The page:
In the first part of this series, we dove into the groovy 70's, an era of excess, success, and failure. In our second part, we dove into the golden era of the 80's and the eventual decline of competitive gaming in the face of a global gaming crash. As the 80's came to a close, the very nature of gaming was set to change - the relatively young eSports arena was about to explode, fundamentally altering how the mass populace saw electronic sports - and gaming - forever.
As arcade lights began to lit up, limping along via life support in Japan and in a veritable miasma in North America, the world was changing at its most basic level - what was once a world of unconnected countries, peoples, and cultures was blossoming into a interconnected, global community via the extremely technical and relatively new commercial internet. Though the internet had been in development as far back as the 1960s as a stable, robust, and fault tolerant communications network, the 90's brought forth a decade of commercial availability that was once delegated to either the incredibly rich or the incredibly dedicated. What was once a realm of BBS operators and SysOp administrators became a realm of gamers, consumers, and content creators.
Perhaps one of the best known examples of early internet gaming came in the form of Netrek, released in 1988 and culminating in popularity in the early years of the decade. Developed as a successor to 1986's Xtrek, the game is historically the third internet game ever created (coming after NASA's Maze War and Silicon Graphics' SGI Dogfight). More important however is the fact that it was the first team-based game to take advantage of the relatively new Ethernet standards which utilized the Wide Area Network ARPANET and is officially considered to have "birthed" the internet on January 1st, 1983. The game proved so engaging that tournaments began to sprout in the online space, with brackets, prizes, and staples of the classic competitive scene present in nearly every iteration. The game still remains an active title for competitive play, making it one of the oldest actively played title at 25 years). The title has been so influential that Wired Magazine credited it as "the first online sports game" in 1993, and its longevity and fans are a testament to that accolade.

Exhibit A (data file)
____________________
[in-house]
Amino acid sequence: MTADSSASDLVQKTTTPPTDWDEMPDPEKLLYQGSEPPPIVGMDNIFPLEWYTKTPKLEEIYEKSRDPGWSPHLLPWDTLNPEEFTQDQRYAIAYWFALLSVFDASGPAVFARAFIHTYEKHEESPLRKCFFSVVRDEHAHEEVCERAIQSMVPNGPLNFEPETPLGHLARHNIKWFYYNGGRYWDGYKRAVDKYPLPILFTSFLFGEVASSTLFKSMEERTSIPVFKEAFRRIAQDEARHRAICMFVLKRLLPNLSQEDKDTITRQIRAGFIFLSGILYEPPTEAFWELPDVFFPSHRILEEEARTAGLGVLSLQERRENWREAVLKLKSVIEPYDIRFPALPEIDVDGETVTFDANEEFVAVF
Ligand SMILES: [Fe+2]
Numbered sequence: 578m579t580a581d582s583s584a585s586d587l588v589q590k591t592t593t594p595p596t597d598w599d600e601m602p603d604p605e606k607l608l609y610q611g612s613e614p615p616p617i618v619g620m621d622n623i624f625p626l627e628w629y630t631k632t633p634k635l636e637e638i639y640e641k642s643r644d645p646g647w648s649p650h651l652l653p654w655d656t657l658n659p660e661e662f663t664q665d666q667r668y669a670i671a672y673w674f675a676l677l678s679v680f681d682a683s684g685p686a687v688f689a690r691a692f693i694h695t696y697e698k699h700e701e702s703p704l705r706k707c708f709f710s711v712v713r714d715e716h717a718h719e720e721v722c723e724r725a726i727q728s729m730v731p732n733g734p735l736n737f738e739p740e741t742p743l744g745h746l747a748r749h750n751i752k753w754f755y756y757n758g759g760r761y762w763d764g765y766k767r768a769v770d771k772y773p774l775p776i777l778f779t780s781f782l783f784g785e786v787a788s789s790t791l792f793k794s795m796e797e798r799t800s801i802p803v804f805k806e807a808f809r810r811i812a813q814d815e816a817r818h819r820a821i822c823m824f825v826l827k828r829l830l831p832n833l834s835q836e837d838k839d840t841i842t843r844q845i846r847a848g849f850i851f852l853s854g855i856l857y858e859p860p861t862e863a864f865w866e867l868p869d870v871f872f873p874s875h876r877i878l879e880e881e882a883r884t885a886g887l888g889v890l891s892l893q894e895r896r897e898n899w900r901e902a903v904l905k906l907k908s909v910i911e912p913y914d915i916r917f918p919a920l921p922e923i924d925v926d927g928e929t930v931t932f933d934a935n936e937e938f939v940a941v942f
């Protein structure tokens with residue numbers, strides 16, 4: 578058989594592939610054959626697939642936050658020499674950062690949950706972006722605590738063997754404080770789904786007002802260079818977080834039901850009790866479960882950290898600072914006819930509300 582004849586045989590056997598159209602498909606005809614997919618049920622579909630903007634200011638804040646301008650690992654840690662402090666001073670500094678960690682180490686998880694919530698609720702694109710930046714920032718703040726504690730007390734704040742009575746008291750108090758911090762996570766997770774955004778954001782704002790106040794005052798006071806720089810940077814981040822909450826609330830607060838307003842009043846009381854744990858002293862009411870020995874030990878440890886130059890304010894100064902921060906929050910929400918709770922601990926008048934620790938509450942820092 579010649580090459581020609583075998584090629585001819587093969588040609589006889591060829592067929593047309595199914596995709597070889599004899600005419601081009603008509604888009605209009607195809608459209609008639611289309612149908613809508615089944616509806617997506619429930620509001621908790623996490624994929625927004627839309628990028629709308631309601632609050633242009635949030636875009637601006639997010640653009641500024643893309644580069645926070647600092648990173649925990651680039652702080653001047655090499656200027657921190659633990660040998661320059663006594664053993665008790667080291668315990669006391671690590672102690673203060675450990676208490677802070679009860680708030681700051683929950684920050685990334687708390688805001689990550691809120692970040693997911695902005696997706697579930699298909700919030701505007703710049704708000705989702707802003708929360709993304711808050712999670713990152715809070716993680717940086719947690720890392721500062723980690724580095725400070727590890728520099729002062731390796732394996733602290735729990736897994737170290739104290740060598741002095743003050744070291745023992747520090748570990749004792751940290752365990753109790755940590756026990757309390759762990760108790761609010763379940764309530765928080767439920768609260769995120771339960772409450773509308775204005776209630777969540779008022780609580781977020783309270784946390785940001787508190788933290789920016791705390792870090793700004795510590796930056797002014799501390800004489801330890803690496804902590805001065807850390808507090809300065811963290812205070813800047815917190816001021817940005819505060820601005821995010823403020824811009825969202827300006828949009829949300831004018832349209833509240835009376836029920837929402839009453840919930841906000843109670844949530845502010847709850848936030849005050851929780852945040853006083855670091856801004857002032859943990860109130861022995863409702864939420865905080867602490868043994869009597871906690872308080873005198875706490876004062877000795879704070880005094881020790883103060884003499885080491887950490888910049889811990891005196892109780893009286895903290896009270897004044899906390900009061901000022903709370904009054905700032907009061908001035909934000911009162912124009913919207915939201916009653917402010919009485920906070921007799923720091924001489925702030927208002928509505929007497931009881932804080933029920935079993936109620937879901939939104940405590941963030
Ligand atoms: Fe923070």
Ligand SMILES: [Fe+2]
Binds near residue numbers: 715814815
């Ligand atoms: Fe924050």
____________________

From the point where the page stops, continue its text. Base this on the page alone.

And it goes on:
PC gaming was on the rise, and as the juggernaut that would be the PC gaming market rose from the relative ashes of the arcade crashes, a new, looming beast broke the horizon - Nintendo.
The World Championships
The Nintendo Entertainment System, considered by many to be what brought the video game market out of the depths of despair as it gained traction through the mid to late 90s, only exploded in popularity in the early 90s; Nintendo itself was a juggernaut of epic proportions, claiming both console and mobile markets with their uniquely designed systems. Exploding out of the gate in 1990, Nintendo launched the now famous Nintendo World Championships, a massive touring eSports loosely based on the hit blockbuster movie The Wizard, whose finals were held at Universal Studios in Hollywood, California. After the massive success of this touring contest, Nintendo held another competition for the Super Nintendo Entertainment System known as Nintendo PowerFest '94; the finals, which boasted 132 finalists from all over North America, was one of the largest contests of the era, and lives on in many people's memories as the most dazzling video game spectacle of their youth.
Success was not just to be found on the contest circuit, however - as the mass media became aware of the growing frenzy over gaming, television joined the scene, launching several large-network shows for video game competition. British shows GamesMaster and Bad Influence! often rocked the ratings for the night, making entire time-blocks dead-zones for any other show, and Australian game show A*mazing was so popular that it ran for an unprecedented 9 seasons, from 1993 to 1998.
The New Frontier
As the decade came to a close, two gods of the online competitive scene arose to prominence. The first, Ultima Online, was released on September 24th, 1997, capitalizing on the fervent support and mass-market appeal of the Ultima line of games authored by Lord British, an eccentric and charming developer and writer. The game was explosive, and was the first MMORPG to reach the 100,000 subscriber count, which spawned either expansion packs, a booster pack, and dozens of content updates. The second, Everquest, exploded onto the scene on March 16th, 1999. The title, heavily based upon the multiplayer online dungeons of the 80s (most notably DikuMUD), proved to be a grand success, spawning such absolute devotion that the title was often referred to as "EverCrack" for its addictive nature.
Though MMORPGS would exist as 24/7, anarchic PVP killfests, as the new century neared, gamer tastes would become refined, and the demands of the market would become more complex, more intricate, and more community oriented. Check back with us next time as we continue our historical foray into the world of eSports! If you liked this, please let us know in the comments, and as always, thanks for reading!